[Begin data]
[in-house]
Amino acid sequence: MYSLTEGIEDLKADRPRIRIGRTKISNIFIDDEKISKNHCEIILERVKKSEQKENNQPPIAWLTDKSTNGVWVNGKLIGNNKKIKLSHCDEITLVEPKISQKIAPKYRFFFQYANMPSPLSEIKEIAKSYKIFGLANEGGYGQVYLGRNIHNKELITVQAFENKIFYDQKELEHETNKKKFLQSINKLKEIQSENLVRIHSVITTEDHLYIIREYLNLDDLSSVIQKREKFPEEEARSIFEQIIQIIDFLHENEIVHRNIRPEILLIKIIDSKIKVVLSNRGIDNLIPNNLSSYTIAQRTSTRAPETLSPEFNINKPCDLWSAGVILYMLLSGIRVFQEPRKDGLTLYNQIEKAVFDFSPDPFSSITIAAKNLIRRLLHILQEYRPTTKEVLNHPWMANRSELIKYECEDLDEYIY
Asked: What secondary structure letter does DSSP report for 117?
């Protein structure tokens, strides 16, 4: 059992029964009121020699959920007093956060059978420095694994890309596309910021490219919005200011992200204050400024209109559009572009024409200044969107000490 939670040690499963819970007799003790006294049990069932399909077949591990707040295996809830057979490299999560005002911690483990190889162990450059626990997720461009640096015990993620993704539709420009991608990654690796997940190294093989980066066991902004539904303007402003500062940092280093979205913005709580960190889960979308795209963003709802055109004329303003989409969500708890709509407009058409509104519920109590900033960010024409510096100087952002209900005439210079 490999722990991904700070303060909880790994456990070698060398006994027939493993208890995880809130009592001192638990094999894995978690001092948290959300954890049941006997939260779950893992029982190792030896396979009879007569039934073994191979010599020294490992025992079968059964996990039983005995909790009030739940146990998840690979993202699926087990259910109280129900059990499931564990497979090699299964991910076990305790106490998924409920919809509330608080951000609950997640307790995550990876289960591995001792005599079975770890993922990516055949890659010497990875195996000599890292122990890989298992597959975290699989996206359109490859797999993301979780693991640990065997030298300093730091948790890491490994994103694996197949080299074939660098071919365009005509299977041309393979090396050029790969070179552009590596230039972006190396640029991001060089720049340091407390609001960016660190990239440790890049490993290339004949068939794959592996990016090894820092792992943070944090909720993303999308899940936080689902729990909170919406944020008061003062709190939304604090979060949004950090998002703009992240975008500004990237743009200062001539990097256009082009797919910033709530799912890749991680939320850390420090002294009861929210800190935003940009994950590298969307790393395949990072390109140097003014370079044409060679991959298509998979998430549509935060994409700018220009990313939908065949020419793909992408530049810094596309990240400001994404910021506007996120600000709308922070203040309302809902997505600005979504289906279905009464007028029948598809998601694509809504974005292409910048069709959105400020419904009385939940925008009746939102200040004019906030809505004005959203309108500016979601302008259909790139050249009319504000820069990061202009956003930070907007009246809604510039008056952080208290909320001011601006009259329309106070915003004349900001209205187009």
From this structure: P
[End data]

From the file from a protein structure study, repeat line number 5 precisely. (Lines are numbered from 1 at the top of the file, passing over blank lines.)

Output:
From this structure: P